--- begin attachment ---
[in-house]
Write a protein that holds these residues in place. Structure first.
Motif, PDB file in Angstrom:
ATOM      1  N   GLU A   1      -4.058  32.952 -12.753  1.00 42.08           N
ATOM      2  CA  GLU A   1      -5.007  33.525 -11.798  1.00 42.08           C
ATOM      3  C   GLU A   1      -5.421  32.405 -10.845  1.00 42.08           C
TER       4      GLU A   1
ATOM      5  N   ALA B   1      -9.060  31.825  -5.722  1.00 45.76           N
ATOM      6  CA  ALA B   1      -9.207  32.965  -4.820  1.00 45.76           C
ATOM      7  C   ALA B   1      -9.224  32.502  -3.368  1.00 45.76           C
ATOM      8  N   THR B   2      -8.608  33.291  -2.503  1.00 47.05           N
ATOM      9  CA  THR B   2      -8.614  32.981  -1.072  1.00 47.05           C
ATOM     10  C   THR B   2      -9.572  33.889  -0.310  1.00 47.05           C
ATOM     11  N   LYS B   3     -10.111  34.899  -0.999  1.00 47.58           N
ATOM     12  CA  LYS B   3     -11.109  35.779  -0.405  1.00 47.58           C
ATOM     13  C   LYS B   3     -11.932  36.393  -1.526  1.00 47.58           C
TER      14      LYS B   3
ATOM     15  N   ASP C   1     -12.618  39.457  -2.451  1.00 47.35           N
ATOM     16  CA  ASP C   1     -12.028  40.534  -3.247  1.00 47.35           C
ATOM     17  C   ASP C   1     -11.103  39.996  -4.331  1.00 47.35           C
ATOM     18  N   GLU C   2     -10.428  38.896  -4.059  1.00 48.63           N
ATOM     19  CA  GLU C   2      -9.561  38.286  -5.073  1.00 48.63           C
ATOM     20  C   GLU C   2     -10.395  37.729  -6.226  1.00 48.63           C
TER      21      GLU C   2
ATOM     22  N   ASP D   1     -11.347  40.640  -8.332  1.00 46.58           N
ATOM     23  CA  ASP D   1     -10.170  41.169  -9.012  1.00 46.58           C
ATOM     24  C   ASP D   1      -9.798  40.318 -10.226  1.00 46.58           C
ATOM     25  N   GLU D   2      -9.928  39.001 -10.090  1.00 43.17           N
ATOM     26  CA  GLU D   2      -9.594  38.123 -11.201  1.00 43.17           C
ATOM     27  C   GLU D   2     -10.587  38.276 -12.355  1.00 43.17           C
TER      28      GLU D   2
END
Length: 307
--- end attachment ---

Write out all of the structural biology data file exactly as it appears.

[in-house]
Write a protein that holds these residues in place. Structure first.
Motif, PDB file in Angstrom:
ATOM      1  N   GLU A   1      -4.058  32.952 -12.753  1.00 42.08           N
ATOM      2  CA  GLU A   1      -5.007  33.525 -11.798  1.00 42.08           C
ATOM      3  C   GLU A   1      -5.421  32.405 -10.845  1.00 42.08           C
TER       4      GLU A   1
ATOM      5  N   ALA B   1      -9.060  31.825  -5.722  1.00 45.76           N
ATOM      6  CA  ALA B   1      -9.207  32.965  -4.820  1.00 45.76           C
ATOM      7  C   ALA B   1      -9.224  32.502  -3.368  1.00 45.76           C
ATOM      8  N   THR B   2      -8.608  33.291  -2.503  1.00 47.05           N
ATOM      9  CA  THR B   2      -8.614  32.981  -1.072  1.00 47.05           C
ATOM     10  C   THR B   2      -9.572  33.889  -0.310  1.00 47.05           C
ATOM     11  N   LYS B   3     -10.111  34.899  -0.999  1.00 47.58           N
ATOM     12  CA  LYS B   3     -11.109  35.779  -0.405  1.00 47.58           C
ATOM     13  C   LYS B   3     -11.932  36.393  -1.526  1.00 47.58           C
TER      14      LYS B   3
ATOM     15  N   ASP C   1     -12.618  39.457  -2.451  1.00 47.35           N
ATOM     16  CA  ASP C   1     -12.028  40.534  -3.247  1.00 47.35           C
ATOM     17  C   ASP C   1     -11.103  39.996  -4.331  1.00 47.35           C
ATOM     18  N   GLU C   2     -10.428  38.896  -4.059  1.00 48.63           N
ATOM     19  CA  GLU C   2      -9.561  38.286  -5.073  1.00 48.63           C
ATOM     20  C   GLU C   2     -10.395  37.729  -6.226  1.00 48.63           C
TER      21      GLU C   2
ATOM     22  N   ASP D   1     -11.347  40.640  -8.332  1.00 46.58           N
ATOM     23  CA  ASP D   1     -10.170  41.169  -9.012  1.00 46.58           C
ATOM     24  C   ASP D   1      -9.798  40.318 -10.226  1.00 46.58           C
ATOM     25  N   GLU D   2      -9.928  39.001 -10.090  1.00 43.17           N
ATOM     26  CA  GLU D   2      -9.594  38.123 -11.201  1.00 43.17           C
ATOM     27  C   GLU D   2     -10.587  38.276 -12.355  1.00 43.17           C
TER      28      GLU D   2
END
Length: 307